NASHVILLE, Tenn. — Over the course of his four-year career, Tennessee Titans RB Derrick Henry has been a hard player to figure out.
He is undoubtedly a crucial element of the Titans offense. He’s scored six total touchdowns through the first eight games of the 2019 season, and he’s on pace to run for 1,162 yards.
But is Henry valuable enough to warrant the Titans giving him a contract extension at the end of the season? That’s a question the organization will be forced to answer, as Henry is set to become an unrestricted free agent in March.
Now that Henry is halfway to completing his fourth season in the NFL, there’s a large enough sample size to evaluate just how valuable the former-Heisman winner is to the Titans.
Athletically, Derrick Henry is a bit of a freak of nature. His towering 6-3, 247-pound frame, combined with his breakaway speed, objectively makes him one of the NFL’s toughest players to tackle in the open field.
“He’s so unique, physically, for a running back,” QB Ryan Tannehill said. “You’ve only seen a few guys like him in history. You think of Brandon Jacobs back in the day with the Giants. Not too many times you see a running back with his sheer size, and then he has great vision and strength through that. He’s a tough guy to bring down.”
After struggling to do so for the first couple years of his career, Henry has learned how to use his size to his advantage, most notably in goal-line situations.
When the Titans get inside an opponent’s 5-yard line, they usually get Henry the ball, and he usually rewards them. Henry’s 17 rushing touchdowns since the start of the 2018 season are the second-most in the NFL, behind only Rams RB Todd Gurley’s total of 23.
Henry’s speed—his 4.54 40-time at the 2016 NFL Scouting Combine doesn’t do him justice—makes him a constant threat to rip off big runs, and he frequently does so.
The most famous of Henry’s long runs is, of course, his 99-yard TD against Jacksonville last December. But since that game, Henry has recorded a rush or reception of at least 18 yards in eight out of the 11 games the Titans have played.
Those long plays can serve as a major spark for the entire Titans offense.
“If we can get him through the line of scrimmage with some steam on him into that second level, he’s a tough guy to bring down and we’ll see our running game take off a little bit more,” Tannehill said.
THE NOT SO GOOD
Here’s the problem with that: far too often, the Titans have not been able to get Henry through to the line of scrimmage.
As a result, Derrick Henry currently leads the NFL in negative rushes.
Sure, poor interior offensive line play and subpar play-calling from offensive coordinator Arthur Smith make Henry’s life a lot tougher in that regard. But some of the blame certainly should fall on his shoulders.
“When runners, especially Derrick, tries to get into his fourth or fifth step, it’s a little different than a guy with a different skillset,” head coach Mike Vrabel said. “Everybody’s very aware of what his skill set is, and if we can get him into his fourth or fifth step, we feel very confident in his ability and our ability to gain meaningful yards.
“But if we can’t do that, that’s hard to ask him to make some of those cuts that a smaller, quicker back would make.”
And that’s precisely what Henry’s game is missing: the ability to make cuts in the hole.
When there’s a big lane to run into, Henry looks great. When there’s not, he’s not able to be of much use to the Titans.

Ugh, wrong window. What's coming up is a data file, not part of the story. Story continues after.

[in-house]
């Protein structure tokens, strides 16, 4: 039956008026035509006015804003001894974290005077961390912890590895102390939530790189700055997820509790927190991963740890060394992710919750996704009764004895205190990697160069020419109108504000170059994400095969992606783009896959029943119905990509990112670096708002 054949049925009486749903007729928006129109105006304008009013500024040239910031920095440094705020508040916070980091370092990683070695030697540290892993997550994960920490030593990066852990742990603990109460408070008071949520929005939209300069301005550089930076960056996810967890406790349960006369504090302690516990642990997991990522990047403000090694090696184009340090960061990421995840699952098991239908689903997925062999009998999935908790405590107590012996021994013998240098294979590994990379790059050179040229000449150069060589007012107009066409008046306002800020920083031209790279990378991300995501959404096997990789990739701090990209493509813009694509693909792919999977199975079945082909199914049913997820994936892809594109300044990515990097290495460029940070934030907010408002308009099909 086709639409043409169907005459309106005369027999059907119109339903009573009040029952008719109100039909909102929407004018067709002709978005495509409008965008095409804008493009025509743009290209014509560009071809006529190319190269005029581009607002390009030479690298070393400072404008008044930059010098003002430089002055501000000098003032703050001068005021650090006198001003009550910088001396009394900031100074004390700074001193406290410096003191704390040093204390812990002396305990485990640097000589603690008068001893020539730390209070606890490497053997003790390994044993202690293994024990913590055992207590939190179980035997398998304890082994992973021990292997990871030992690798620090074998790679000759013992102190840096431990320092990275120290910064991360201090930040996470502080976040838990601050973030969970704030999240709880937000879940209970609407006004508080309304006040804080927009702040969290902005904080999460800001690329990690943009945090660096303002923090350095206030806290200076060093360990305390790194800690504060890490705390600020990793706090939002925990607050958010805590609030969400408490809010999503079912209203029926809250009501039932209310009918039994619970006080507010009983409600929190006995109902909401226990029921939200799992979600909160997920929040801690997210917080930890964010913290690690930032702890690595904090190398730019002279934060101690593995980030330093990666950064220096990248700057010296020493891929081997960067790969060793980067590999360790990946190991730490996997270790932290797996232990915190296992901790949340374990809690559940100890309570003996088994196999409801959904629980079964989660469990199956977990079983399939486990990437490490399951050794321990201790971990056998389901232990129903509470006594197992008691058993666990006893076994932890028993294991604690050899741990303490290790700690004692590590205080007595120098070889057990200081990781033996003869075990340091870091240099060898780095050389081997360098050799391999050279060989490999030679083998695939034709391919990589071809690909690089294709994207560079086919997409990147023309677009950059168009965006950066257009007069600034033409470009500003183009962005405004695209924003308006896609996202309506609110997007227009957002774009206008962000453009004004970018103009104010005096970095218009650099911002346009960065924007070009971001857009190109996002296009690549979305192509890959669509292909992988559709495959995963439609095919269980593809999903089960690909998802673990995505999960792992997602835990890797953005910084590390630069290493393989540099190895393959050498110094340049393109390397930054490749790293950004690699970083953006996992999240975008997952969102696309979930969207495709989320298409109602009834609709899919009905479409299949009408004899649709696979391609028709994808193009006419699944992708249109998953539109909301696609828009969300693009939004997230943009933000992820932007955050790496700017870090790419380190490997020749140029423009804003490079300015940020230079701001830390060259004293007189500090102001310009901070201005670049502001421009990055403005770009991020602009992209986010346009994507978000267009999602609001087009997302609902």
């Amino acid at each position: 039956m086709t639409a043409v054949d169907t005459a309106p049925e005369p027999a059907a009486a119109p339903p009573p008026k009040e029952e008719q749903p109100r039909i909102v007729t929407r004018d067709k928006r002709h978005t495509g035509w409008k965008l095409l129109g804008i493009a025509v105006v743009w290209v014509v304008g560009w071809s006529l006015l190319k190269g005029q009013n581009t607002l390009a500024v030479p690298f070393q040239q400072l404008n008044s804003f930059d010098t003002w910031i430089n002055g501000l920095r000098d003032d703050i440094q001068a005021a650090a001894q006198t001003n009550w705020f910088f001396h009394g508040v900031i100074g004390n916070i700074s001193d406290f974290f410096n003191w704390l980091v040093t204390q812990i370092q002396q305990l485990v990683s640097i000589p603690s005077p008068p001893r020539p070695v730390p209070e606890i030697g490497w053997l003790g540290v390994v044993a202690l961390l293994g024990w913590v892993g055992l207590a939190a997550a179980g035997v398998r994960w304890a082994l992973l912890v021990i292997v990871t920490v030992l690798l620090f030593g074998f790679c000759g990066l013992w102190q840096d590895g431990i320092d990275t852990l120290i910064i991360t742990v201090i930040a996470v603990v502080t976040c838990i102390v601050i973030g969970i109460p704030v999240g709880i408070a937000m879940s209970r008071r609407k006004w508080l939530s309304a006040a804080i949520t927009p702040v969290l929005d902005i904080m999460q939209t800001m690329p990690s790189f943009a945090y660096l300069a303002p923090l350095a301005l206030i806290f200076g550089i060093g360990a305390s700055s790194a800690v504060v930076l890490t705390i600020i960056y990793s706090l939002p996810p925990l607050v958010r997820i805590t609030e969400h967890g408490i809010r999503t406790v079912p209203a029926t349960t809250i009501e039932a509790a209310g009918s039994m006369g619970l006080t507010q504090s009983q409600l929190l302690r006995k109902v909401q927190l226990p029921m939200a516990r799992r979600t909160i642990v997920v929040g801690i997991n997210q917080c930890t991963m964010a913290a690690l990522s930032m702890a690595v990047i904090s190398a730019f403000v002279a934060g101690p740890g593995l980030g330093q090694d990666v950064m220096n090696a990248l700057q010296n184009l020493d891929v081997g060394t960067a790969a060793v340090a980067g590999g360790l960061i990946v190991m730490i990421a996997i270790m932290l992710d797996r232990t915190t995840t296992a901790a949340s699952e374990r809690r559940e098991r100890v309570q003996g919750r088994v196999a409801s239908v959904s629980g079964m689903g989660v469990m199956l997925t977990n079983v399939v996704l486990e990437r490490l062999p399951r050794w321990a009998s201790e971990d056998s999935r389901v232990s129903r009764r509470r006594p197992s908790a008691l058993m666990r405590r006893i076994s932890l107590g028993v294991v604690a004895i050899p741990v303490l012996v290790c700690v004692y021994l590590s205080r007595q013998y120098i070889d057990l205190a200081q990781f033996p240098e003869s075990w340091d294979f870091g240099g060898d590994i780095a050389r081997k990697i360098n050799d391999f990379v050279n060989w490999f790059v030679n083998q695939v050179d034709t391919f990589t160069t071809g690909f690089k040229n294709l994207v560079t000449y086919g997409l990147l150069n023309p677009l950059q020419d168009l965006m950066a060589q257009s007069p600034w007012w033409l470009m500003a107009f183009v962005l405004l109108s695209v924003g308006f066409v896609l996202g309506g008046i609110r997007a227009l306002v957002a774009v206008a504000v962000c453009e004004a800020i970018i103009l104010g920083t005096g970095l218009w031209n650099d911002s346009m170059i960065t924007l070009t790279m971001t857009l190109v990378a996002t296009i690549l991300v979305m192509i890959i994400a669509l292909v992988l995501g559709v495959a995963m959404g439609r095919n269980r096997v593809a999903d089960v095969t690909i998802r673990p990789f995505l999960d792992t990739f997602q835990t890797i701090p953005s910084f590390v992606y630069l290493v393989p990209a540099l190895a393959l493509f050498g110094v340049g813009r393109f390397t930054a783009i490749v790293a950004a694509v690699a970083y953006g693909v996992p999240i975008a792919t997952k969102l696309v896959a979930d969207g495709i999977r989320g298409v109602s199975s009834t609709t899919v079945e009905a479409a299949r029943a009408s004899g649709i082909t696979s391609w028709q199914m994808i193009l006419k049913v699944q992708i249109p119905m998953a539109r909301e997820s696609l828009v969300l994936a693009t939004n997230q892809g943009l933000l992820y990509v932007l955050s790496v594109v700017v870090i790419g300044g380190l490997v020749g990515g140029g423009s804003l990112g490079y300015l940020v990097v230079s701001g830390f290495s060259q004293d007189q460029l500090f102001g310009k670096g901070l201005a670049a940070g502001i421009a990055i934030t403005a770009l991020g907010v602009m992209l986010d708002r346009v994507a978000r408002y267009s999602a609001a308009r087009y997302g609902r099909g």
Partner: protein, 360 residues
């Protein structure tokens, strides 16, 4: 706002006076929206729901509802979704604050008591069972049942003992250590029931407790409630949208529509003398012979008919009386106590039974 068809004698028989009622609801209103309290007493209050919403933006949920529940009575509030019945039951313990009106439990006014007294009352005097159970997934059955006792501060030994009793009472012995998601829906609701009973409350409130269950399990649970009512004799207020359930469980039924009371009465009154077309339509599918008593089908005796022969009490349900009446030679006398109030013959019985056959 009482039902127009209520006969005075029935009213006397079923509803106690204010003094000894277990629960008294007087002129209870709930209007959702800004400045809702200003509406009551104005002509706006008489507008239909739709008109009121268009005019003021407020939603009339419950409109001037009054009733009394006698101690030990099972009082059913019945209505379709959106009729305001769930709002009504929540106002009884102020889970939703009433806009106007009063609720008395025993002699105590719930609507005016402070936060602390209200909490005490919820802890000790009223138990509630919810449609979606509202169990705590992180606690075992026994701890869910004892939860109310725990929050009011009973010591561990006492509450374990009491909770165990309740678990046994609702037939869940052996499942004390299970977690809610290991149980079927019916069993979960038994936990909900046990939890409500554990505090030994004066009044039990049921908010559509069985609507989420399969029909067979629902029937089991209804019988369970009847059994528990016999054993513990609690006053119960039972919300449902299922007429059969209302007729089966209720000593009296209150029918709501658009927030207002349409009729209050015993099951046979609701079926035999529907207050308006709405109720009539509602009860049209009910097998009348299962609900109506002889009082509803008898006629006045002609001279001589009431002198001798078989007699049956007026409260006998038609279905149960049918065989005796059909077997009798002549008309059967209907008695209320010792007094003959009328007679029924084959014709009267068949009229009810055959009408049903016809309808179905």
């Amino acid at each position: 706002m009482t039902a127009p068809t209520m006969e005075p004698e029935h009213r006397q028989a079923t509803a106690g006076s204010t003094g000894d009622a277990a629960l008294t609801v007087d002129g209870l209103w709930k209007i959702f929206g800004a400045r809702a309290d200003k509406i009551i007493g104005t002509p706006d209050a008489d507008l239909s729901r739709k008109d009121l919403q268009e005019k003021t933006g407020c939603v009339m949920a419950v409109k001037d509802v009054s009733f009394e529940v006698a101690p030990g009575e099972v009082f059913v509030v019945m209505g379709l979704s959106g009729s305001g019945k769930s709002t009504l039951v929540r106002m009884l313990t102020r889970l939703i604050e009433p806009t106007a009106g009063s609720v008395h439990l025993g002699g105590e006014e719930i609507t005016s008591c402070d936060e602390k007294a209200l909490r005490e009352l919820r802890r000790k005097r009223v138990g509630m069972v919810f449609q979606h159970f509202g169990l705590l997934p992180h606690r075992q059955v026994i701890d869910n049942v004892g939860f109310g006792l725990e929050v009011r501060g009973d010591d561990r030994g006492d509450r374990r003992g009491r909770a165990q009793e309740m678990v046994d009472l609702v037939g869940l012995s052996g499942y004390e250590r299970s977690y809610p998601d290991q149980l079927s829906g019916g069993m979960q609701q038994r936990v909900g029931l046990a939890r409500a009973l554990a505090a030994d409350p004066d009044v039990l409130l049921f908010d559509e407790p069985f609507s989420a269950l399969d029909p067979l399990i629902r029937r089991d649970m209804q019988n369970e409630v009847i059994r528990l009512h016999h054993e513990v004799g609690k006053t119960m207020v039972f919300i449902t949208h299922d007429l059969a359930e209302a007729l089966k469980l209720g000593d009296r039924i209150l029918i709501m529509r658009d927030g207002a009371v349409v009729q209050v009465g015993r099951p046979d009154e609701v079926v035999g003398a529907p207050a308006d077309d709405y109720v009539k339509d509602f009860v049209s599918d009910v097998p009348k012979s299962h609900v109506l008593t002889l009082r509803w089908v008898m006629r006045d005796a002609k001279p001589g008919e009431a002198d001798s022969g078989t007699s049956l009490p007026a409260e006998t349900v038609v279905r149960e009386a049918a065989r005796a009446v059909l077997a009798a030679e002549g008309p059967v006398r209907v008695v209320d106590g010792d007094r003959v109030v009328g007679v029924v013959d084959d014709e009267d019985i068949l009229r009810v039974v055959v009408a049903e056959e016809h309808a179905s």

Henry also struggles in the passing game, making him a mostly one-dimensional player. He has rarely been a viable check-down option for Titans quarterbacks during his time with the team, and he already has three drops in the 2019 season.
Just 61.5% of Henry’s targets in 2019 have resulted in a catch, which is concerning, considering that almost every one of Henry’s targets has been at, very close to or behind the line of scrimmage.
Running backs are among the lowest-paid positions in the NFL. 2019’s highest-paid running back in terms of cap hit, David Johnson of the Cardinals, will make $9.75 million by the end of the season.
There are 124 players in the NFL, nearly enough to compose three entire rosters, who make more than that.
Extending running backs may be a cheap proposition, but is it worth it? Considering the number of talented players that teams have found in the later rounds (4-7) of the NFL Draft over the last few years, the answer to that question may be no.
Jordan Howard, a fifth-round pick in 2016, made the Pro Bowl as a rookie. Phillip Lindsay, who went undrafted in 2018, also was Pro Bowler in his rookie season. Marlon Mack, a fourth-rounder in 2017, is on pace to rush for 1,348 yards in 2019 through seven games.
That list, already an inexhaustive one, excludes notable third-round picks from the last few years like Kareem Hunt and James Conner.
OTHER PLAYERS TO PAY
Also, the Titans have a number of other key contributors who are set to become unrestricted free agents at the end of the 2019 season. That lists include QB Ryan Tannehill, CB Logan Ryan and RT Jack Conklin.
The replaceability of the running back position alone should probably lead teams away from giving out contract extensions to backs who aren’t one of the truly elite players at the position.
That, along with the fact that the Titans have multiple other free agents whose extensions should probably be prioritized and Henry’s lack of passing game acumen, leads to the conclusion that the Titans may need to let him go at the end of the season.
He’s done a lot of good things for the team over the course of his career, and he will be a major component to the Titans’ push for a playoff spot over the final eight weeks of the 2019 season.
But Derrick Henry’s limitations make it tough to justify spending valuable cap space on him.
Cover image: Jim Brown/USA Today